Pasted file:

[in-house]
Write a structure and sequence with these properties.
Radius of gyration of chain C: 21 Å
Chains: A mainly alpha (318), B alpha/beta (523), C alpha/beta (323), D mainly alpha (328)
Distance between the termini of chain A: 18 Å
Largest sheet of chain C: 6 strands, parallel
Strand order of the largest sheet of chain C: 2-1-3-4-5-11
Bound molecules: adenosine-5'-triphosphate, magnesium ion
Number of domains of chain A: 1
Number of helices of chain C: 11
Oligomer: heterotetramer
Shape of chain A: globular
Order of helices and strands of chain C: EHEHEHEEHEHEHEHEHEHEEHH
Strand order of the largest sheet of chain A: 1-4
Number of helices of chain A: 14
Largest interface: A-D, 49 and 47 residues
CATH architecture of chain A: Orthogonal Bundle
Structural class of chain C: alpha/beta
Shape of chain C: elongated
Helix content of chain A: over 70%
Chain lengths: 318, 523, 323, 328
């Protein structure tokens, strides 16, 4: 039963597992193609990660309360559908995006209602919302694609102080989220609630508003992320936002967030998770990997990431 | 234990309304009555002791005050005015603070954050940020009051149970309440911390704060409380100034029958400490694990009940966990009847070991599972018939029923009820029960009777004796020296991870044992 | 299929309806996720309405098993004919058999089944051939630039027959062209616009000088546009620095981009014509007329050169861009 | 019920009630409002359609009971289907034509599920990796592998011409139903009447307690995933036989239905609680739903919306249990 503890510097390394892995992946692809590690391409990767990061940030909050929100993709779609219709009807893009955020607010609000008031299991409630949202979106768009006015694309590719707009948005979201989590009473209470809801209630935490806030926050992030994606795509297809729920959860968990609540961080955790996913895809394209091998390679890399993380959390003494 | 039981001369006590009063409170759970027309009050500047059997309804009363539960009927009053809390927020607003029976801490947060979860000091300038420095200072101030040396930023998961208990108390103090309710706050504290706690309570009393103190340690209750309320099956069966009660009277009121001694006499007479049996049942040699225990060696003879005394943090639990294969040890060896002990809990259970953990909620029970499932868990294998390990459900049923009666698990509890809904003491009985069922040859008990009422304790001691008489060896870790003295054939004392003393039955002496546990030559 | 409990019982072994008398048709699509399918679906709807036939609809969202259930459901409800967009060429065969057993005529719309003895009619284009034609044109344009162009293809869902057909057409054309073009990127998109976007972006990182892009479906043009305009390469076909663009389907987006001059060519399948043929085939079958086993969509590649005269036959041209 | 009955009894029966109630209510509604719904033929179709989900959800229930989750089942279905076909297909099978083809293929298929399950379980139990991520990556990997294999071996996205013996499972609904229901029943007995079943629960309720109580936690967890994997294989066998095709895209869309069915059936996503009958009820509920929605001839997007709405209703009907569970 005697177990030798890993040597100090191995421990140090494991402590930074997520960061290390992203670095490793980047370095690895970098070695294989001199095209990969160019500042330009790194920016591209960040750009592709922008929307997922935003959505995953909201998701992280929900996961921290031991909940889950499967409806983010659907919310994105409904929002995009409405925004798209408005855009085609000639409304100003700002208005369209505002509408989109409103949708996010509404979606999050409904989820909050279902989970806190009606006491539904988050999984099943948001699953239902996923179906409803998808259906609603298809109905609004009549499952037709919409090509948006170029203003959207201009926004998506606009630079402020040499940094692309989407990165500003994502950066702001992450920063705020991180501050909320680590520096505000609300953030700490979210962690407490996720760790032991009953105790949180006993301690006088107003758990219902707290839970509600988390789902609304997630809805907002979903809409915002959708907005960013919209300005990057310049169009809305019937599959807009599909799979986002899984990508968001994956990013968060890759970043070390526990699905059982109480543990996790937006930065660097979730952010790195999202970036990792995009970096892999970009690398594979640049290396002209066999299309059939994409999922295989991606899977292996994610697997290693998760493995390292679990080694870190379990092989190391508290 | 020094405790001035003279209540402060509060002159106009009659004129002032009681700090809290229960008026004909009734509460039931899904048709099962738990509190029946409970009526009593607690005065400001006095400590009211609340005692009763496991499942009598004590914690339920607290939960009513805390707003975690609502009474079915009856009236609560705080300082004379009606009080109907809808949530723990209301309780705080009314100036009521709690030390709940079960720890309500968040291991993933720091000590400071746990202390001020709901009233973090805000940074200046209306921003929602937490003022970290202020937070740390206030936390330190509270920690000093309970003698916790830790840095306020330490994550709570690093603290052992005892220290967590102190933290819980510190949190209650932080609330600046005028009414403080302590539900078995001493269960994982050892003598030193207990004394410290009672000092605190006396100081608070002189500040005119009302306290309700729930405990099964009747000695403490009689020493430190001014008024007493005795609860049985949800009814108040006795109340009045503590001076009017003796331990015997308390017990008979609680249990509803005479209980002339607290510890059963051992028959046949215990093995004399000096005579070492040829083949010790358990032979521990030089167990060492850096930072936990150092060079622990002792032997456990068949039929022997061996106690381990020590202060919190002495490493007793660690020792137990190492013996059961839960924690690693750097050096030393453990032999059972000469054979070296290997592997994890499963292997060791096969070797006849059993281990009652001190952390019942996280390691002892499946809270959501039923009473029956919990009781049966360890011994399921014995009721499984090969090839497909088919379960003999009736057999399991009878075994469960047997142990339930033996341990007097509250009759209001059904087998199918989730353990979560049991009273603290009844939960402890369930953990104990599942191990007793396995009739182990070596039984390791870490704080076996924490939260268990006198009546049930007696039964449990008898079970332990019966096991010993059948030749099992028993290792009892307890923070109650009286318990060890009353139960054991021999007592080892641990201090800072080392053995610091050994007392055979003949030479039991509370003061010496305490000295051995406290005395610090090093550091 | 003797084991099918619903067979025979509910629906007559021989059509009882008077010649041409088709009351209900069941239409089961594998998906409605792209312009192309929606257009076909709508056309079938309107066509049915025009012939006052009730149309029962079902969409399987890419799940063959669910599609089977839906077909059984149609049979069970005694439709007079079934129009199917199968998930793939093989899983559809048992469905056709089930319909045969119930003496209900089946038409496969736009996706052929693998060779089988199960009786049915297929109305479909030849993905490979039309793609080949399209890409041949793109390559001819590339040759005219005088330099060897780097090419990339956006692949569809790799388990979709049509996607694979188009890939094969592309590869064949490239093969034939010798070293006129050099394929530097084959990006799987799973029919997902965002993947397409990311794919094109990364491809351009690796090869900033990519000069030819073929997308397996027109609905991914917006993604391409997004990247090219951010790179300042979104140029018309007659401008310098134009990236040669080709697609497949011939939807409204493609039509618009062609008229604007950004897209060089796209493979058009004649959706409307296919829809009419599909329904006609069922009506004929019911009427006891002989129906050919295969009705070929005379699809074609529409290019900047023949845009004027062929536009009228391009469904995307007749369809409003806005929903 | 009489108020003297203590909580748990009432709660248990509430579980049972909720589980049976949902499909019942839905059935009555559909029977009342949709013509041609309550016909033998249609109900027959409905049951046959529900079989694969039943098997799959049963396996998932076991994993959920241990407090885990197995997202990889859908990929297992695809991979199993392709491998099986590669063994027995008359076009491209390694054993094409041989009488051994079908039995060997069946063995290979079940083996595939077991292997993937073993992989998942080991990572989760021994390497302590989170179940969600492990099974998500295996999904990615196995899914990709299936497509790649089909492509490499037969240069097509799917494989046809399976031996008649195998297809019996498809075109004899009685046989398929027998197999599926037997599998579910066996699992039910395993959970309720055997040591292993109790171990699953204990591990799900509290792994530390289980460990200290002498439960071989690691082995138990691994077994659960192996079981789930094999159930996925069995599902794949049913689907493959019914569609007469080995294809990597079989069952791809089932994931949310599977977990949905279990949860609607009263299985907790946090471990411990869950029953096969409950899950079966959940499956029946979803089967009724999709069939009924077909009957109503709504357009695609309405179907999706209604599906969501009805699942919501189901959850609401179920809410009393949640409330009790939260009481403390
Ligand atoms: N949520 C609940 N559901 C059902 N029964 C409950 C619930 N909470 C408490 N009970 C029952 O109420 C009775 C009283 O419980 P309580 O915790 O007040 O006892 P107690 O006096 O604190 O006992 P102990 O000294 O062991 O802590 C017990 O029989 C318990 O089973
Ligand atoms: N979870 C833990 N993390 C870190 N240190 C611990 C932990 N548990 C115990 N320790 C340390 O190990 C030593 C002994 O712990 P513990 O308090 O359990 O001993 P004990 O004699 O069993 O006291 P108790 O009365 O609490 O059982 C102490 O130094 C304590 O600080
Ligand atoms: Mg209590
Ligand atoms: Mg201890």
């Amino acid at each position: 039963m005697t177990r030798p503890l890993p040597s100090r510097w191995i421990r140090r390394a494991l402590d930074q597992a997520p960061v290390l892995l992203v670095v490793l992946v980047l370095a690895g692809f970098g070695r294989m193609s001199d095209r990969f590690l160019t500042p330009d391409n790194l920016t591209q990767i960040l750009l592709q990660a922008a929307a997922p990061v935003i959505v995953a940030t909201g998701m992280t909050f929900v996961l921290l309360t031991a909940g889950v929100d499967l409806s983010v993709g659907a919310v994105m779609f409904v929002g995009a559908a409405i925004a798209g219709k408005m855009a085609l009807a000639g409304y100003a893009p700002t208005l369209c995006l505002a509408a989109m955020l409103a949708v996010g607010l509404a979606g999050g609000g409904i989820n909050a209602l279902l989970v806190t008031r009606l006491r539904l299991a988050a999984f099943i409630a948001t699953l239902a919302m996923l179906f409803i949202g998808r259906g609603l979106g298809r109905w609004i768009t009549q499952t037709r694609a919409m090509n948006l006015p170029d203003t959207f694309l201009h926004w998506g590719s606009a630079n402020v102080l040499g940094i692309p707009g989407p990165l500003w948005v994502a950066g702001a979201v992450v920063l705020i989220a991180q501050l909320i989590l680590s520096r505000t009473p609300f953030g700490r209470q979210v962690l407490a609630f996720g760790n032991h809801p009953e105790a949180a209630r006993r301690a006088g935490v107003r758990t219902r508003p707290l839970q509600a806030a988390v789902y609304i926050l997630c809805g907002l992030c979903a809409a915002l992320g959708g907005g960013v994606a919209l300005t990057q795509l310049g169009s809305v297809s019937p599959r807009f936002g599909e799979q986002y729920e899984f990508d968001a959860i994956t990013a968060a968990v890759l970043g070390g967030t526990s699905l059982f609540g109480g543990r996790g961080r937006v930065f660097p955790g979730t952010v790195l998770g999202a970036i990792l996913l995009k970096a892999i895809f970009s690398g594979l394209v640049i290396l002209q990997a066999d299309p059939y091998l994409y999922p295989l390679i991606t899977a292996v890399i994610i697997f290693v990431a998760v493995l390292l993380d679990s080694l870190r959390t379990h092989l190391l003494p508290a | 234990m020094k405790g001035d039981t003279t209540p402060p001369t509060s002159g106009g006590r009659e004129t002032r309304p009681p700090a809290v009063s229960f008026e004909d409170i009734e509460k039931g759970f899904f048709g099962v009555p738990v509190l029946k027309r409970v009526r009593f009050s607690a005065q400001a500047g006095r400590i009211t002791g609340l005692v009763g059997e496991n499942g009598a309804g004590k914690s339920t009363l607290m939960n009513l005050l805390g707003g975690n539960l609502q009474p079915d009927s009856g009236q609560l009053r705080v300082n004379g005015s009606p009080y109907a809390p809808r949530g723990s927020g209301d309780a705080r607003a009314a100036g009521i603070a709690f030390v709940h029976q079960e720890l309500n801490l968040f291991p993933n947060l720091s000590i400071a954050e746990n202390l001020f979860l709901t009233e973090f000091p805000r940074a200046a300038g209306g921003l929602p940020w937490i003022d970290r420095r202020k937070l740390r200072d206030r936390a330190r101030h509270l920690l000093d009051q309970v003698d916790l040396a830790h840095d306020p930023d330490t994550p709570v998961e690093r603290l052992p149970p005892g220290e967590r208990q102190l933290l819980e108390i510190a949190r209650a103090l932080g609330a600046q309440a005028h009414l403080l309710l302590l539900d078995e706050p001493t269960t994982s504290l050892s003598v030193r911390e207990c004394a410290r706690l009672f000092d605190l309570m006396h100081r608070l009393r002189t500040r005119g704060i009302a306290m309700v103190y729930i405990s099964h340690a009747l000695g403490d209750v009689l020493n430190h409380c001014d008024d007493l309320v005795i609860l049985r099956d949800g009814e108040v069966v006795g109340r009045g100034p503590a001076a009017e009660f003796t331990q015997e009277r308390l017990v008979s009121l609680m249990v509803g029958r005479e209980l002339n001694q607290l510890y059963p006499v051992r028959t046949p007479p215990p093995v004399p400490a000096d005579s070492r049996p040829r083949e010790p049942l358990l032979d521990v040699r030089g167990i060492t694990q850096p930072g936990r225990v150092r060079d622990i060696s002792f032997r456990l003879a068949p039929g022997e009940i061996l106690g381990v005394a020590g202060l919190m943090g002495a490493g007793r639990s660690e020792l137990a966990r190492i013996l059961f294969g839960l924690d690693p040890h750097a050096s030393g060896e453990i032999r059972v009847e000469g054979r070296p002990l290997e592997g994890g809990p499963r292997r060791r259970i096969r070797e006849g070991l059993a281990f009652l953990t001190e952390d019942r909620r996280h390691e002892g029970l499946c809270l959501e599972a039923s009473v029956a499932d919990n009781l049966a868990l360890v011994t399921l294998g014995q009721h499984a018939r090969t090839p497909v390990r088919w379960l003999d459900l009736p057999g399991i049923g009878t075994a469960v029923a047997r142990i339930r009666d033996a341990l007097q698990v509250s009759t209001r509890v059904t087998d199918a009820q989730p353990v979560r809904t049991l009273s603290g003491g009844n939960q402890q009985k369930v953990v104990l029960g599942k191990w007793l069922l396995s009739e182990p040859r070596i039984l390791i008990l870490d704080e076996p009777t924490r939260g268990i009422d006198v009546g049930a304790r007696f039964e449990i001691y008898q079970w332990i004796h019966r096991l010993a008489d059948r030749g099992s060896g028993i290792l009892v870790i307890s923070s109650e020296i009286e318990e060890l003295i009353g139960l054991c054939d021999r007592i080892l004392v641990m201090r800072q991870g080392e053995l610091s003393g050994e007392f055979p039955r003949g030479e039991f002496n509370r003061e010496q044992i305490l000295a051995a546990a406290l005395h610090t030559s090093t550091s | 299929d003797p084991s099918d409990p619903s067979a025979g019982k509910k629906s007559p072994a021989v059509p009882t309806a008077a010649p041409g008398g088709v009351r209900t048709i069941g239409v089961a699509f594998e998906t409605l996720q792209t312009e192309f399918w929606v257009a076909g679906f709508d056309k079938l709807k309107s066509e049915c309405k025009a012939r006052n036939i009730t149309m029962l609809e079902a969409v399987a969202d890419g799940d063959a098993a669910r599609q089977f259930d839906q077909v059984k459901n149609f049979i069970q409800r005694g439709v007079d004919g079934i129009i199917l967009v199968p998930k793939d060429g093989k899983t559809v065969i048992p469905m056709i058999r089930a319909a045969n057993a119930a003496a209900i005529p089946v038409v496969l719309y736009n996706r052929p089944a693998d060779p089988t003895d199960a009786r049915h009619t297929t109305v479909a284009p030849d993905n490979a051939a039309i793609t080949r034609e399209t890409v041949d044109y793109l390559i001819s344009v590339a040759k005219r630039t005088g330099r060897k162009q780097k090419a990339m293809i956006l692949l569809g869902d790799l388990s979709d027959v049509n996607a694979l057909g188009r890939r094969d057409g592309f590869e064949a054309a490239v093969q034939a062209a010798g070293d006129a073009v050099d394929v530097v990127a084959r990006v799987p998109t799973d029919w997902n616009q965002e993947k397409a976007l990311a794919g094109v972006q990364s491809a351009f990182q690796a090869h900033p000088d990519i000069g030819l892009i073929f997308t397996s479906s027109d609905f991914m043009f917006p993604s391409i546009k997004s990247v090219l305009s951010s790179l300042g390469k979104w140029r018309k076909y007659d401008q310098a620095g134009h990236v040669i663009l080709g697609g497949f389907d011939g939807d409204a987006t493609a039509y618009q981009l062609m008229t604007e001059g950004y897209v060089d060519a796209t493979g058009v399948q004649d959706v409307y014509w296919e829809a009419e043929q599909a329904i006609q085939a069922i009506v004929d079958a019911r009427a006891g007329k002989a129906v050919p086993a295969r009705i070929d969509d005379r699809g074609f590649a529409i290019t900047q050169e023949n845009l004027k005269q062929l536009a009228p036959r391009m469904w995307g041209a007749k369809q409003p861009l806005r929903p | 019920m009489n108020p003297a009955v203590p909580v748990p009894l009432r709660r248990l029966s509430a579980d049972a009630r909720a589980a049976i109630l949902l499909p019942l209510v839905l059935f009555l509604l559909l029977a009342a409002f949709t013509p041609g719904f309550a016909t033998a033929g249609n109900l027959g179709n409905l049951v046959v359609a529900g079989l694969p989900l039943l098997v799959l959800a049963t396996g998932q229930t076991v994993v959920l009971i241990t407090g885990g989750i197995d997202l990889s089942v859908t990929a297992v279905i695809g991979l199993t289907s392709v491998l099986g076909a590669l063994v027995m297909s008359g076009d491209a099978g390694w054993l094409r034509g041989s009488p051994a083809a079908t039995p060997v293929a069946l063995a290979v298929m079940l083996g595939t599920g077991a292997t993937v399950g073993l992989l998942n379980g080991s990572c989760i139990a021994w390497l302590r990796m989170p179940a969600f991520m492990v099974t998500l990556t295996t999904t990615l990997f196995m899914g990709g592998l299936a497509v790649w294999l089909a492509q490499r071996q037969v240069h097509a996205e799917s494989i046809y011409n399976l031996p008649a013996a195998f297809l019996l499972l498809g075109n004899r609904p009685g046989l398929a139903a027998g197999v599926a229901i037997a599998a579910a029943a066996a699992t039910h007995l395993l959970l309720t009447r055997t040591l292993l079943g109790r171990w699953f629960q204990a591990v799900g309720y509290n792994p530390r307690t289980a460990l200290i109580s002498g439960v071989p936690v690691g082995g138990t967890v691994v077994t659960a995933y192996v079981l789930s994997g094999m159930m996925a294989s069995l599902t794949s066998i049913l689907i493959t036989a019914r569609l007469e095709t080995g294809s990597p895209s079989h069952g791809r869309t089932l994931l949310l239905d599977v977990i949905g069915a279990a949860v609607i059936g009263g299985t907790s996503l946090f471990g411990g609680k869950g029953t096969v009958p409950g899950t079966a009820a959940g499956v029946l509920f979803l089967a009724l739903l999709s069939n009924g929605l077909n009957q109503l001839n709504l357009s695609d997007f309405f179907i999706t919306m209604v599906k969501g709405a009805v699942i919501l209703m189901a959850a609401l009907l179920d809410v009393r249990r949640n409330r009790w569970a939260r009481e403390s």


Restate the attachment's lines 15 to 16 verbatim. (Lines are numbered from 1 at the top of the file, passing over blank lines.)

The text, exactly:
Number of helices of chain A: 14
Largest interface: A-D, 49 and 47 residues